By Nicole Laurier on Mar 26, 2020 2:15:00 PM
Continuing our #FisherDifference educational series, this week we are going to explore Middleware. We will review the following topics: What is Middleware? Why does your company need middleware? What is the difference between middleware and connectors? and How middleware can take you from operating on one channel to omnichannel and make the customer experience seamless!
What is Middleware?
Middleware is a software application that provides capabilities to applications outside of what is offered by the core system. A core system is typically an ERP or a CRM but could be any database application. The reason it’s called middleware is that when the software interacts with two applications, its role is to be in the middle and seamlessly connect both systems!
Why does your company need middleware?
There are many reasons that companies look for middleware. Many systems don’t have all the functionality that a business needs to be able to automate notifications, create complex workflows or to integrate two systems. Automating and improving business process enable businesses to be more efficient and agile.
Let’s break down some of the benefits for these types of middleware applications and the functionality they offer -
Automated notifications - The alerts deliver essential information to the right people at the right time. For example; these notifications let you know when stock is running low, when an invoice is due for payment, when back orders are in stock.
Automated reports - Having middleware automate the creation and distribution of reports or other business documents can save huge amounts of time. Examples include; sales reports, credit control, welcome packs.
Integration and Workflow - Making applications work together leveraging automation and predefined business rules (workflow) saves an enormous amount of time and improves efficiency. Rekeying data is time consuming, costly, and subject to human error! Reducing errors with automation will free up your team members time enabling them to focus on more important aspects of their job.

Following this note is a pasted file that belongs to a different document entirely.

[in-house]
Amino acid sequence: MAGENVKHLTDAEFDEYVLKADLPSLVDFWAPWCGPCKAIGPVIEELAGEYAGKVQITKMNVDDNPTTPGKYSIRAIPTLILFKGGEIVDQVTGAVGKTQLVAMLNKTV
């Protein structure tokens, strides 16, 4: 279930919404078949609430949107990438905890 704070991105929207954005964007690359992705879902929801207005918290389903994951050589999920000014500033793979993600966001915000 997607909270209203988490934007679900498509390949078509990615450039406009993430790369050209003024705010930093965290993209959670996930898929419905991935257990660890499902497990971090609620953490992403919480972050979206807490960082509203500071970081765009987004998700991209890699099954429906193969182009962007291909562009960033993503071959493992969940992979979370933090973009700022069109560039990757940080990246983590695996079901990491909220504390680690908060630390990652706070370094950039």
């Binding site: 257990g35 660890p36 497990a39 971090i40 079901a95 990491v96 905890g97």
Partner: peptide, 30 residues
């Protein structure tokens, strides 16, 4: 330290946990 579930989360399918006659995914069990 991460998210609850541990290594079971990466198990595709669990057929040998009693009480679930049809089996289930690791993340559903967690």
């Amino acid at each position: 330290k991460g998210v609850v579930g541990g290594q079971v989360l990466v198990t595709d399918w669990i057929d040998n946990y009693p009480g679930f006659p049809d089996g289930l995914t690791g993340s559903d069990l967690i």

What is the difference between middleware and connectors?
When looking at software that is described as a connector, you discover that the connector is utilized to synchronize data between two systems. Often the synchronization is bi-directional. With a connector these synchronizations are very prescriptive, in what functionality you can connect to, and what information is passed between the systems. Connectors can work extremely well for very simple integration. What connectors are not good at is adding additional business logic and workflows to enhance an integration.
Connectors are not a good solution or resilient for a business that has complex systems and workflow rules. For companies with more complex needs, they should be looking to invest in middleware.
How Middleware can take you from selling on One channel to Omnichannel seamlessly.
Over the past few years businesses have had to adapt how they work. Changes in technology have upended normal business practices. Businesses that have been around for decades are having to rethink and embrace new technologies in order to survive and grow, as their younger competitors are starting with these technologies in place. As well these technological changes, many more millennials have joined the workforce, and this generation have brought their online buying habits into the workplace.
With the current Covid19 pandemic, in a matter of days, once again, the business world has been turned on its head. Traditional retail outlets, restaurants, clothing stores, bars, breweries are having to quickly become omnichannel and adapt the way they do business in order to somehow stay open and survive this crisis.
These types of businesses need to ensure that their core software systems such as; Accounting, ERP, CRM, Third Party logistics, Warehousing or eCommerce, will easily work with the new channels they are introducing, so they can maintain efficiency, and give their customers a seamless shopping experience. It is important for a business to ensure that if a customer typically visits a retail store, that they will get the same experience with their online purchases, a good example is access to loyalty points wherever they shop.
For very small businesses that are seeing a handful of orders a day through the new channels, as they startup, they can manually keep their systems in sync but there will be a point where these manual processes can no longer be sustained. Then they will need to investigate middleware.
For larger businesses with more complex systems, they will quickly be overwhelmed with the challenges of managing all the additional work from these new channels. When they are at that point, they will also need to look at middleware to seamlessly integrate their systems.
Whatever stage your business is in, it is good to understand the benefits of middleware,
The question is: What do you want to automate?